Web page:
Difference between brokerage and trading account
This happens automatically—you do not have to "sell" out of your core account to make a purchase. You may also settle trades using margin if it has been established on your brokerage account. Government Agency and Treasury debt, and related repurchase agreements. Intended for investors seeking as high a level of current income as is consistent with the preservation of capital and liquidity.
Treasury securities and related repurchase agreements. Fidelity may use this free credit balance in connection with its business, subject to applicable law. Fidelity may pay you interest on this free credit balance, and this interest will be based on a schedule set by Fidelity, which may change from time to time. As of March 22, , the interest rate for this option will depend on the balance amount: Generally speaking, these are the options available to you at the time you open your account.
However, certain types of accounts may offer different options from those listed here. Please keep in mind that once your account has been established, you can change your core position to any other option that Fidelity might make available for that purpose. After your account has been established, you can change your core position to any other core position Fidelity might make available for this purpose.
Although you can have only one core position, you can still invest in other money market funds. If you would like to change your core position after your account has been established, you can do so online or by calling a Fidelity representative at Learn more about Money Market Mutual Funds. You could lose money by investing in a money market fund. An investment in the fund is not insured or guaranteed by the Federal Deposit Insurance Corporation or any other government agency.
Fidelity's government and U. Normally at least Government securities and repurchase agreements for those securities. Certain issuers of U. Government securities are sponsored or chartered by Congress, but their securities are neither issued nor guaranteed by the U. Investing in compliance with industry standard regulatory requirements for money market funds for the quality, maturity, and diversification of investments.
Treasury securities and repurchase agreements for those securities. Additional options might be available by calling your representative. All brokerage securities held in an account are listed under a single brokerage account number. This number always has 9 characters and can be found in your portfolio summary. See how to determine your routing and account numbers for direct deposit.
Collection periods vary depending on the deposit method. The collection period for check and EFT deposits is generally 4 business days. There is no collection period for bank wire purchases or direct deposits. Trade proceeds vary according to the security being traded. Settlement times for trades. Fidelity may waive this requirement for customers with previous Fidelity credit history or mutual fund assets on deposit.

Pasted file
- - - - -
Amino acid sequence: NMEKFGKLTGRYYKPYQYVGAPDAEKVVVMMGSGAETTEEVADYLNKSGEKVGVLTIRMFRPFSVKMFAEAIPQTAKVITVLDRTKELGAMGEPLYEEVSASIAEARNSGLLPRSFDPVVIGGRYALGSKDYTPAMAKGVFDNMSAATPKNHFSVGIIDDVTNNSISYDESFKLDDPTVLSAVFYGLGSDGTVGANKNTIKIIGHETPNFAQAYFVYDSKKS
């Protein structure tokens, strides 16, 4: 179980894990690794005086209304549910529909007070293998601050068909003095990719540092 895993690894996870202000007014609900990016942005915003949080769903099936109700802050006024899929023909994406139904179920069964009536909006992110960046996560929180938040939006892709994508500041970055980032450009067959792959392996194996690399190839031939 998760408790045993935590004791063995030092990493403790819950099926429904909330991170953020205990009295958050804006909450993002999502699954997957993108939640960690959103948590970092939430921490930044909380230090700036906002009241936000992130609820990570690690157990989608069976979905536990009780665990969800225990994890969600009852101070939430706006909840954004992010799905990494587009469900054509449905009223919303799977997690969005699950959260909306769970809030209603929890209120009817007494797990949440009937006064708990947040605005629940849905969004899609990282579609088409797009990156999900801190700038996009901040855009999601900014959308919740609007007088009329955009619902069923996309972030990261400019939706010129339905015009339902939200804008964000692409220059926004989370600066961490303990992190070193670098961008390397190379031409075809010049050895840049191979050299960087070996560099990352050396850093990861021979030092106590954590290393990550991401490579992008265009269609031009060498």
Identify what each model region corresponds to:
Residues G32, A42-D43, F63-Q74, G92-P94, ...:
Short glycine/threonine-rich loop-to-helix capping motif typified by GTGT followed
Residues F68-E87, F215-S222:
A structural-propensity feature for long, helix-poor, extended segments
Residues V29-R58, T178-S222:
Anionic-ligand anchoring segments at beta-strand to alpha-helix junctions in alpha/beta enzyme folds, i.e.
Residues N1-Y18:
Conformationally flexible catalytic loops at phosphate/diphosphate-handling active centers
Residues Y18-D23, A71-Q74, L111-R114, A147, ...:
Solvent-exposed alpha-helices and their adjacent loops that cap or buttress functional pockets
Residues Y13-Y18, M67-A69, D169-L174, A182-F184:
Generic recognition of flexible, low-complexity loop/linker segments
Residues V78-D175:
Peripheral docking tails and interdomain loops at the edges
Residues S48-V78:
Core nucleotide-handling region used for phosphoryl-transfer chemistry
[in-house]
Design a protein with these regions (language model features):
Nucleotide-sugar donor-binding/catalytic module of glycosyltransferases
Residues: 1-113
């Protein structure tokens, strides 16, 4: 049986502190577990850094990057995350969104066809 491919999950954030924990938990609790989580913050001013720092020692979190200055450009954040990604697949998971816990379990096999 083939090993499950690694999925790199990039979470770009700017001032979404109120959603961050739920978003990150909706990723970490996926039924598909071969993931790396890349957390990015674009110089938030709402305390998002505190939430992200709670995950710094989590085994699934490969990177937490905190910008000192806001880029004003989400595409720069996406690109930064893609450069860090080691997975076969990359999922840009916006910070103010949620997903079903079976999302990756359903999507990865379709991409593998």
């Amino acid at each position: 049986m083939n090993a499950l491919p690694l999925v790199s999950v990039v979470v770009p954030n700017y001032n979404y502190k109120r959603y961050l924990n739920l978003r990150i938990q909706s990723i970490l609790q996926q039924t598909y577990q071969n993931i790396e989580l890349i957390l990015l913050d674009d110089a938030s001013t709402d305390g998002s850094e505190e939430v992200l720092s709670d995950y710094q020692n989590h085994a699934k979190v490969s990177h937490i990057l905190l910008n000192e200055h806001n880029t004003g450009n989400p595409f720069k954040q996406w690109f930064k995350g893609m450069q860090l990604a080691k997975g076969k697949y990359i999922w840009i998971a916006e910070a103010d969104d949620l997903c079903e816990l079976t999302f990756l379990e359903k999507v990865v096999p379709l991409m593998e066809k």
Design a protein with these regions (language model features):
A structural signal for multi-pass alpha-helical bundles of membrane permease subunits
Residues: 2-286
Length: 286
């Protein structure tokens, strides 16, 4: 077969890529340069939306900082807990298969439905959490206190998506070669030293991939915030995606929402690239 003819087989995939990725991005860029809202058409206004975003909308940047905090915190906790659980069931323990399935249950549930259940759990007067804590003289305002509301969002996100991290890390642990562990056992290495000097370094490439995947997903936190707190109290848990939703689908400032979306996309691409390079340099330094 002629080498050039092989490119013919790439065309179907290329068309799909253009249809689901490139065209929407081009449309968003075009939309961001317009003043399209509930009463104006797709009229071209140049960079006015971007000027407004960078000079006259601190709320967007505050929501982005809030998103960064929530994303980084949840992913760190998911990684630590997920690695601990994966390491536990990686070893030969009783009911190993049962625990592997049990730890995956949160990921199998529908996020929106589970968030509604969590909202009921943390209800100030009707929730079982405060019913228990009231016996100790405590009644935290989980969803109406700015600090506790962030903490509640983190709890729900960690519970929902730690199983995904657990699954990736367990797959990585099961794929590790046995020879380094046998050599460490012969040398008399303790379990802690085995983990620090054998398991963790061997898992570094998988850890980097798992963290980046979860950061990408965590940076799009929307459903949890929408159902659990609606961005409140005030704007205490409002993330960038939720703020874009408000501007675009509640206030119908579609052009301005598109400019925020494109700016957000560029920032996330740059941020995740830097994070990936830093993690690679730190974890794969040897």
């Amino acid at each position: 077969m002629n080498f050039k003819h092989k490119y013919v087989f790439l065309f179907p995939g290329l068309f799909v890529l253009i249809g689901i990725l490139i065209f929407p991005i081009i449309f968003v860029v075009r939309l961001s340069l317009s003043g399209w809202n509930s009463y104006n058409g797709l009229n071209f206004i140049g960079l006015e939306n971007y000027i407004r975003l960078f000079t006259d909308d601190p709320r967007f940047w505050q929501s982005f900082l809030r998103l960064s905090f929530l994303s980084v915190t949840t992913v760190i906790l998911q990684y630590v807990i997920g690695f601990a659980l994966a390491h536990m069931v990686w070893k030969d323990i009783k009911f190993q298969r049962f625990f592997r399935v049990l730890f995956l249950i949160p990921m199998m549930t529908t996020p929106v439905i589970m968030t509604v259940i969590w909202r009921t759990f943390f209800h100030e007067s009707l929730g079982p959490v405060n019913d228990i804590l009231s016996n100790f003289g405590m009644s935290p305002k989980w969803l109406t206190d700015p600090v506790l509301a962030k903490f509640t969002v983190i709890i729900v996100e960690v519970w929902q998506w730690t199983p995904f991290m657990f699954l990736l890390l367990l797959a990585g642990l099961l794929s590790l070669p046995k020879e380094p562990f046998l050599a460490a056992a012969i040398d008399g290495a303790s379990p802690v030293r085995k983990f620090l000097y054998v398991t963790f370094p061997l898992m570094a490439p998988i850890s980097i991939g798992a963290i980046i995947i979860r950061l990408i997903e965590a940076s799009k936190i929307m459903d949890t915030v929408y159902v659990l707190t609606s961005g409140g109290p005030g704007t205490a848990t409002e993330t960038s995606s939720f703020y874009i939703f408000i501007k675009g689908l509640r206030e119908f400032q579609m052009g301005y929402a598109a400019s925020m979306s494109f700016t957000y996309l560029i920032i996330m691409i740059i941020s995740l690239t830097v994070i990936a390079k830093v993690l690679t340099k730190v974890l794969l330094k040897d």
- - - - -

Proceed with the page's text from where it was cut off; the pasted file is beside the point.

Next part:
A benefit of the core position is that it allows you to earn interest on uninvested cash balances. Interest is calculated on a daily basis and is credited on the last business day of the month. Balances display values that change with market price fluctuations on the underlying securities in your account. Essentially, it is a complete recalculation based on price fluctuations of positions, trade executions, and money movement into or out of the account.
Balances reflect trade executions and money movement into and out of the account during the day. Balances display values after a nightly update of the account. In some cases, certain balance fields can only be updated overnight due to regulatory restrictions. You can view up to nine years' worth of interactive statements online under statements. Your tax documents will still arrive by mail. View a full list of account features that you can update.
To get started, fill out a form available in account access rights. Money market funds held in a brokerage account are considered securities. It also does not cover other claims for losses incurred while broker-dealers remain in business. This is the maximum excess of SIPC protection currently available in the brokerage industry. Both SIPC and excess of SIPC coverage is limited to securities held in brokerage positions, including mutual funds if held in your brokerage account, and securities held in book-entry form.
Neither SIPC nor the additional coverage protects against loss of market value of the securities. Certain assets are not eligible for SIPC protection. Among the assets typically not eligible for SIPC protection are commodity futures contracts and precious metals, as well as investment contracts such as limited partnerships and fixed annuity contracts that are not registered with the U.